Profitability. This gauge held steady from October's tepid value. ROIC stayed at a moderate 12 percent. It has been in the 12-13 percent range most of this decade. FCF/Equity is 7 percent, up one percent from a year ago. Operating Expenses/Revenue were 95 percent, which is pretty much where they have always been. Gross Margin and SG&A expenses have been remarkably constant. The Accrual Ratio, which we like to be both negative and declining, was constant at +5 percent. The lack of change in this value points to a steady balance between Net Income and CFO.

Value. This gauge, based on the stock price of $47.69 at the quarter's end on 31 January, edged up to a moderate 12 points, compared to 11 and 15 points three and twelve months ago, respectively. The P/E at the end of the quarter was 16.3, similar to recent quarters, but way below the 5-year median of 23.5. The average P/E for the industry is 20.7. To remove the effect of overall market changes on the P/E, we note that the company's current P/E is matches the average P/E (using core operating earnings) for stocks in the S&P 500. WMT's P/E had been at a premium when the company was growing at faster rate. The PEG ratio of 2.3 is indicative of a modestly expensive stock. It has been increasing slowly (i.e., becoming more expensive). The Price/Revenue ratio declined a little to 57 percent. The long-term trend is down, suggests the shares are becoming less expensive. The average Price/Sales for the industry is 77 percent.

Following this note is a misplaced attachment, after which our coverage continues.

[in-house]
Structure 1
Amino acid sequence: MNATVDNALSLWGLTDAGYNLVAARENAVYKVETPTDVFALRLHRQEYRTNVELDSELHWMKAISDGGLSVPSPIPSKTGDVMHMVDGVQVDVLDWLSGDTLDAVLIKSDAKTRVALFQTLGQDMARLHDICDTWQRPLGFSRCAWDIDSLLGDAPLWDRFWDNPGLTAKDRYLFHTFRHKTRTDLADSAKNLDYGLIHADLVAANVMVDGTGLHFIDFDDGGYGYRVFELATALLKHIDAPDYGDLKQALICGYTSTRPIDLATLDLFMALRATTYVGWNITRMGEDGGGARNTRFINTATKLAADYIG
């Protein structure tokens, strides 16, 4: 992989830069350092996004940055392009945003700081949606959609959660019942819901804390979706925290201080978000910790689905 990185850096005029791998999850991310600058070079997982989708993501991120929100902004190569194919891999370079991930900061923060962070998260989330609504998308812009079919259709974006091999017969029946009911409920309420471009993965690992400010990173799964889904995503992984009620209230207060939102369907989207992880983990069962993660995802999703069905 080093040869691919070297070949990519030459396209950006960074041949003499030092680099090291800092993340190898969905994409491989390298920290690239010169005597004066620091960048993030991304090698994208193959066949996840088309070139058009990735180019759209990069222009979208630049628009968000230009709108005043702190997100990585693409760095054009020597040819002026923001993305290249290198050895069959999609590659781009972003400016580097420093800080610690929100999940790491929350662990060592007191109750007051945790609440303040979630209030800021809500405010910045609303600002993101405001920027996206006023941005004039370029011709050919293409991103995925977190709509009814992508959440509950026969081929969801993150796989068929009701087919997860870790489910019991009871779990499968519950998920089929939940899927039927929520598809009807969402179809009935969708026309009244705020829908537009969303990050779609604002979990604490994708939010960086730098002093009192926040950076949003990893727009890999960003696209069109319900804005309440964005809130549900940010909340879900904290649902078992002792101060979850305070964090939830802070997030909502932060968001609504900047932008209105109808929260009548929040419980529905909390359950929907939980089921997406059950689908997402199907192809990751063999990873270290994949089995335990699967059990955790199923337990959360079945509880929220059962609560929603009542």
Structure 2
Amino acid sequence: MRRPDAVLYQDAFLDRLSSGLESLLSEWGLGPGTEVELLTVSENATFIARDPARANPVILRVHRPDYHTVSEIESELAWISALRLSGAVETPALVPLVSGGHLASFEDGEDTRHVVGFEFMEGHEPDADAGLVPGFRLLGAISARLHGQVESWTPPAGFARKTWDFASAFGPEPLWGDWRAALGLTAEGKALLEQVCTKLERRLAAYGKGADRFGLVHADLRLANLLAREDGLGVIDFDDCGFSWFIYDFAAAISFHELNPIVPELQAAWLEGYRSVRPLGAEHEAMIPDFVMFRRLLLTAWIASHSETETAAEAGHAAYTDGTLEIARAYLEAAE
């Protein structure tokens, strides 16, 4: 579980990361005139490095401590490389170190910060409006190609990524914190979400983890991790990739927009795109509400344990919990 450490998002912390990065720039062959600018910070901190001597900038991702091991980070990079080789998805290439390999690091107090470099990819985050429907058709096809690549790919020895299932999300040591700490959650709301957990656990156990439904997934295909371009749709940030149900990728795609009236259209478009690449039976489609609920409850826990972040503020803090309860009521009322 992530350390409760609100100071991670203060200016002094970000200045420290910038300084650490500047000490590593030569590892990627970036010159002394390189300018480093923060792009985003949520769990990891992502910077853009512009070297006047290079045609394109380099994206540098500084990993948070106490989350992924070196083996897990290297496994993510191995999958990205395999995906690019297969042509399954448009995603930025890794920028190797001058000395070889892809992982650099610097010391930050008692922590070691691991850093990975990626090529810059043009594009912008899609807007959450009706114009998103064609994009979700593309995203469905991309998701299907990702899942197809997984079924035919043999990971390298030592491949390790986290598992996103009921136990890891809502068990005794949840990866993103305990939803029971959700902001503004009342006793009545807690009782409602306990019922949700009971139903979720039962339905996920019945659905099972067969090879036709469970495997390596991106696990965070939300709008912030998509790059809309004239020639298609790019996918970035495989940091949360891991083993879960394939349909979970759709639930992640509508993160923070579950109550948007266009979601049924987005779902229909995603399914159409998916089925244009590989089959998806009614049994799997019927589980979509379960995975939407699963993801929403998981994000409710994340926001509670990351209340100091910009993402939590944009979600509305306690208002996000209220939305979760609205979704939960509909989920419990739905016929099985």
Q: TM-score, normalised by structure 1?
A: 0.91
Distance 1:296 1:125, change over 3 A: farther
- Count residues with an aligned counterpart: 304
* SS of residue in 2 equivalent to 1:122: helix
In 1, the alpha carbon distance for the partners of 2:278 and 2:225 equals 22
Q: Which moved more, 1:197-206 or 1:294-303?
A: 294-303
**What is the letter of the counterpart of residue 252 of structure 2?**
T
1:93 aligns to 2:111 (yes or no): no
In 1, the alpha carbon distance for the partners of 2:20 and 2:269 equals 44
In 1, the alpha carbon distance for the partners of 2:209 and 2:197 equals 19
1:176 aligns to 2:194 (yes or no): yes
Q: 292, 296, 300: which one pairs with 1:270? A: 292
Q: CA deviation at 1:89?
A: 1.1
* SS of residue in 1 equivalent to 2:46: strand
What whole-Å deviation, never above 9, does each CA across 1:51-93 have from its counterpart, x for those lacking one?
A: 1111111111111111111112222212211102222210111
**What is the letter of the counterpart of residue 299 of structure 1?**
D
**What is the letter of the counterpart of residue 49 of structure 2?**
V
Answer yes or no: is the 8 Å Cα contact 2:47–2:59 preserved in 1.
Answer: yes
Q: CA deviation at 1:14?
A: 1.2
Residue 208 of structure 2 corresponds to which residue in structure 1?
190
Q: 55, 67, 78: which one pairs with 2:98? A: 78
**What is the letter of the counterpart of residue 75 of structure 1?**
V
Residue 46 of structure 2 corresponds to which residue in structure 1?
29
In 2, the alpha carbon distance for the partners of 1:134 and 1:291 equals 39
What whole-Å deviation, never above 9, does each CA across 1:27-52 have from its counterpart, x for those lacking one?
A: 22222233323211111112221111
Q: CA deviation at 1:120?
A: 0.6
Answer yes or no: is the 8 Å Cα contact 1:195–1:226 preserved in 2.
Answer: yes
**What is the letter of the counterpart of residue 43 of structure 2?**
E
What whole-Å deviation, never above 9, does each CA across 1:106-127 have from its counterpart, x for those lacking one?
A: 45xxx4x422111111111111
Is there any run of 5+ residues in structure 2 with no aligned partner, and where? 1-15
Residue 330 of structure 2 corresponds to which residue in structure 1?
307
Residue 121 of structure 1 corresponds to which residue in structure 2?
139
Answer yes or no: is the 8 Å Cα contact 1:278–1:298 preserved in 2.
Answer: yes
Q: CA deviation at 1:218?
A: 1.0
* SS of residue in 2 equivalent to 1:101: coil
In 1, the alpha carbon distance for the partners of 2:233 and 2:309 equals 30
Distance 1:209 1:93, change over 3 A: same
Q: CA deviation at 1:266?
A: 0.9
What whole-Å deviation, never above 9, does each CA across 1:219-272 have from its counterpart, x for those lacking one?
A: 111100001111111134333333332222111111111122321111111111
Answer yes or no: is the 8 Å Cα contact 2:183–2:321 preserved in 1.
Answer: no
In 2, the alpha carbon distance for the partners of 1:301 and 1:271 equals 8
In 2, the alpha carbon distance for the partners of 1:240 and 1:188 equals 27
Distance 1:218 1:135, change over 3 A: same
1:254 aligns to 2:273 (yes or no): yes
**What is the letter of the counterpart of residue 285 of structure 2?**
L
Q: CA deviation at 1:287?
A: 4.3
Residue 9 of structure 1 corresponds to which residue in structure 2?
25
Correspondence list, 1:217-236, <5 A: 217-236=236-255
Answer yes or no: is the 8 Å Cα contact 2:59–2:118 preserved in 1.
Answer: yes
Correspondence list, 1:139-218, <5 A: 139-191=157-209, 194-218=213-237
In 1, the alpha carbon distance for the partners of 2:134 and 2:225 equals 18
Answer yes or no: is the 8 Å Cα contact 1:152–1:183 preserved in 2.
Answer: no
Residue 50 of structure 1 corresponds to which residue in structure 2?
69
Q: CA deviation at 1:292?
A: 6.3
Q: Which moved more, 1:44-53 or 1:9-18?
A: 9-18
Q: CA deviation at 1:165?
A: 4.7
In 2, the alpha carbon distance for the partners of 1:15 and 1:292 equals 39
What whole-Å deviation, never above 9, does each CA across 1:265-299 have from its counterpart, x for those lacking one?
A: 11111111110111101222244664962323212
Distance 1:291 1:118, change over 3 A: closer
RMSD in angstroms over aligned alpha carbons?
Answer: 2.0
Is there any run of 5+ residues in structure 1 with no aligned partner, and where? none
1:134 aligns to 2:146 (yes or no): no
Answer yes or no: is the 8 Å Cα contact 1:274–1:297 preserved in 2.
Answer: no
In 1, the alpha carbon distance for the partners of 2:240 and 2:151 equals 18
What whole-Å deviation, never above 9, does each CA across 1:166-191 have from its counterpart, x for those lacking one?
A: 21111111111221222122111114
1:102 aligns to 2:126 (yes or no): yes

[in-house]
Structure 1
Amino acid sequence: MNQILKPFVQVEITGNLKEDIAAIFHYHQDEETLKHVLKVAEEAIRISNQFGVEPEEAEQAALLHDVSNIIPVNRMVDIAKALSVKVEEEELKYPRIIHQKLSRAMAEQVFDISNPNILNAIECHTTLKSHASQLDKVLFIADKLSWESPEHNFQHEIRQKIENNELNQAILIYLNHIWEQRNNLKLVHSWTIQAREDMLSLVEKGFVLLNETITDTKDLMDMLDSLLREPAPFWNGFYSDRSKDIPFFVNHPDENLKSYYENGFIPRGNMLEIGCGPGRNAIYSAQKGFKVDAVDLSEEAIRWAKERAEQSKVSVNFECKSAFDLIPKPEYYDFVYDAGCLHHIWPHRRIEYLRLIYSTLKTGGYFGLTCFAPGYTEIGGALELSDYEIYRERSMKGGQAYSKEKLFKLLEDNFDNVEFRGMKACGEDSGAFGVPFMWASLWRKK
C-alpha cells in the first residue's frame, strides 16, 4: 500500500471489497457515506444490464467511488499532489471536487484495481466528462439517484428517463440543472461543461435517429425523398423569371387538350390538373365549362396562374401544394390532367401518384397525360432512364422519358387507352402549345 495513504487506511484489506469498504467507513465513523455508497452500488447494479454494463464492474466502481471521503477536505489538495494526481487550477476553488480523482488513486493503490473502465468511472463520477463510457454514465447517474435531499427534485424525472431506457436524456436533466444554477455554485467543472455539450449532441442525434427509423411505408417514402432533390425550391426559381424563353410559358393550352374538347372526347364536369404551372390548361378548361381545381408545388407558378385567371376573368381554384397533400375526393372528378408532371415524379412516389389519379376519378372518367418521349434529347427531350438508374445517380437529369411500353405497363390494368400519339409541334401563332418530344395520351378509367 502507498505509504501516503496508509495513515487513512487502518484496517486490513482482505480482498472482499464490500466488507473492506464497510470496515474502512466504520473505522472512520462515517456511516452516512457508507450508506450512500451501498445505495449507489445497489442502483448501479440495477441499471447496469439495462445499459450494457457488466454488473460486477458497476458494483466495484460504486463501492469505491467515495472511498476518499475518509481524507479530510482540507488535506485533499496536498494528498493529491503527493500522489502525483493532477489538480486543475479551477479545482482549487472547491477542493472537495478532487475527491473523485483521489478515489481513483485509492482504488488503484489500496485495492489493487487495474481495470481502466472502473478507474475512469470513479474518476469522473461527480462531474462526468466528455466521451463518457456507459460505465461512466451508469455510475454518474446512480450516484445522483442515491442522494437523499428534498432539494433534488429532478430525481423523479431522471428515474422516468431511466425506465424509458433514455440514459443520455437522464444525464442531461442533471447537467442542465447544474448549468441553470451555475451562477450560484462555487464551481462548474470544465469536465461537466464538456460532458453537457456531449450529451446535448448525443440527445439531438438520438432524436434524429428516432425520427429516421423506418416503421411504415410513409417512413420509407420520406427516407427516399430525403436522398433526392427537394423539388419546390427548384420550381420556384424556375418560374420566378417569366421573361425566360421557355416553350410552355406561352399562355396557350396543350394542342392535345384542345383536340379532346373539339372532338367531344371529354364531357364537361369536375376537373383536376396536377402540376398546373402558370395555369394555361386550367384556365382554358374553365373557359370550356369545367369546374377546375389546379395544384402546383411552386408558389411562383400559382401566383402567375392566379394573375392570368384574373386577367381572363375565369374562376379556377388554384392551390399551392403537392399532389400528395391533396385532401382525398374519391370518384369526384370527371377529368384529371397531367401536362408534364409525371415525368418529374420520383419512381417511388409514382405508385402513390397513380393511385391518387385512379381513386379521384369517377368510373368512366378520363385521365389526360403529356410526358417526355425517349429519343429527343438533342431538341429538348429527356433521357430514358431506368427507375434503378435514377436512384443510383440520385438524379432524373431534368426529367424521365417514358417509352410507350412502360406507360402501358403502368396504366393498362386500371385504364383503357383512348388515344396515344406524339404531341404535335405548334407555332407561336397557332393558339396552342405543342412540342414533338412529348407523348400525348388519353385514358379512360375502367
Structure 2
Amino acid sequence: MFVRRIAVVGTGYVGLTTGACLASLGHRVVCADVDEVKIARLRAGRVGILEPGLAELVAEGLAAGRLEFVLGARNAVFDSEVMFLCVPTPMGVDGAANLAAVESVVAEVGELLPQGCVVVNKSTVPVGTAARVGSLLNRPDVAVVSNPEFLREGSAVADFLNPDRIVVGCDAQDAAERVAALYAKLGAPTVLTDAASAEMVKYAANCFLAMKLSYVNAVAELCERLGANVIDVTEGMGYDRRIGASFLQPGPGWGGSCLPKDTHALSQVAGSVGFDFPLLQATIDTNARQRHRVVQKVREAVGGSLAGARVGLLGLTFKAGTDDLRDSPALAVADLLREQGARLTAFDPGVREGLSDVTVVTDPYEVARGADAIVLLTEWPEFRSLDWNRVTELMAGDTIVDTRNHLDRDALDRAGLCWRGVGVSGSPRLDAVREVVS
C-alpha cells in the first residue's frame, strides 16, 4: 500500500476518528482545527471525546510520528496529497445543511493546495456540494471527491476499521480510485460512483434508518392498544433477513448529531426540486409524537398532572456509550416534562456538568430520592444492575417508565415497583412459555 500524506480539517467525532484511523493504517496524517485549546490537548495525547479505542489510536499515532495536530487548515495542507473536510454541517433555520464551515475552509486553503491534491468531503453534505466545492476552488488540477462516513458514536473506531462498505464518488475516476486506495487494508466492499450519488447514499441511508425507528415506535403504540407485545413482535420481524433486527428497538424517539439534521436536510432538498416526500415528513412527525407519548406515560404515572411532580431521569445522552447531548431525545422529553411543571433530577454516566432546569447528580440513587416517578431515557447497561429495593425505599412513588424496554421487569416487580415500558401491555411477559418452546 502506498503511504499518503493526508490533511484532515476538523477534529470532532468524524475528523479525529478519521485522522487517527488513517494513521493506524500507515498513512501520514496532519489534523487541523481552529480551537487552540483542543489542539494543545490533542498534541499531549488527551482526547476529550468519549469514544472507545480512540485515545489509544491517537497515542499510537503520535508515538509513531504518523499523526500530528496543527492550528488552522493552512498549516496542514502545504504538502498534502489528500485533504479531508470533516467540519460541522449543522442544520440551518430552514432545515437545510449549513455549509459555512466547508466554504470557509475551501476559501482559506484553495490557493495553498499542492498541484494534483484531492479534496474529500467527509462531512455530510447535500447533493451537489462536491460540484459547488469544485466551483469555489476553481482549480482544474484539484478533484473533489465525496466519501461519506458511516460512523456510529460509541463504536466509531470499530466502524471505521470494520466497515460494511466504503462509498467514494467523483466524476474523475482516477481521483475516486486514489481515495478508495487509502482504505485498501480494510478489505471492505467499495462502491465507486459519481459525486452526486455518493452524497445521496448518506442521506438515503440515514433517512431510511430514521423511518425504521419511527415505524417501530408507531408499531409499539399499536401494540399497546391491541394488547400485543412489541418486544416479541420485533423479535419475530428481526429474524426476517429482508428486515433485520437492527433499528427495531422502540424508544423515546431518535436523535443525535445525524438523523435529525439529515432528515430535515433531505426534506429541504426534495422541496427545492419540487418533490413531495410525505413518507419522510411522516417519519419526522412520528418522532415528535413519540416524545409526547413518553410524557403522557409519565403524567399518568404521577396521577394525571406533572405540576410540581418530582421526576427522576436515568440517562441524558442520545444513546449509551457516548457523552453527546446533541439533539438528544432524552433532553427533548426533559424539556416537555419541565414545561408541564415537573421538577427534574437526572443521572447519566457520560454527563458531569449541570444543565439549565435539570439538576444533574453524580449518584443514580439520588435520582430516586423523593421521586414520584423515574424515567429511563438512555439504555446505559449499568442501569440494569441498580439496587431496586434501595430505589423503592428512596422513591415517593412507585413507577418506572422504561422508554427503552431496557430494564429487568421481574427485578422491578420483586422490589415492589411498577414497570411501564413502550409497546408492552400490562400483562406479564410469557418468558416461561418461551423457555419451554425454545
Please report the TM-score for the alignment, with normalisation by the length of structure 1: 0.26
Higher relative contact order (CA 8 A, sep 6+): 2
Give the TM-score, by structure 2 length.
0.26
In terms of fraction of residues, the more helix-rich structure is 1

The current Overall score of 38 out of 100 points isn't enough to going to excite anyone; this gauge for Wal-Mart has bounced around the 30's for most of the last four years. However, the six-point increase, from 32 to 38 points, in one quarter bears watching as a potential leading indicator of better news to come. The rise in the score reflects the encouraging data in the Wal-Mart's latest results. Sales were healthy, even a bit better than expected, and they were achieved without weakening the Gross Margin. Unsold inventory is not clogging warehouses, suggesting no need for a Spring fire sale. But, more top-line revenue needs to turn into bottom-line earnings to lift the Profitability measures from their present weak state. Should this happen, the Value gauge suggests there is plenty of room for stock price appreciation. The stock market reacted positively to the fourth quarter results because expectations were so low.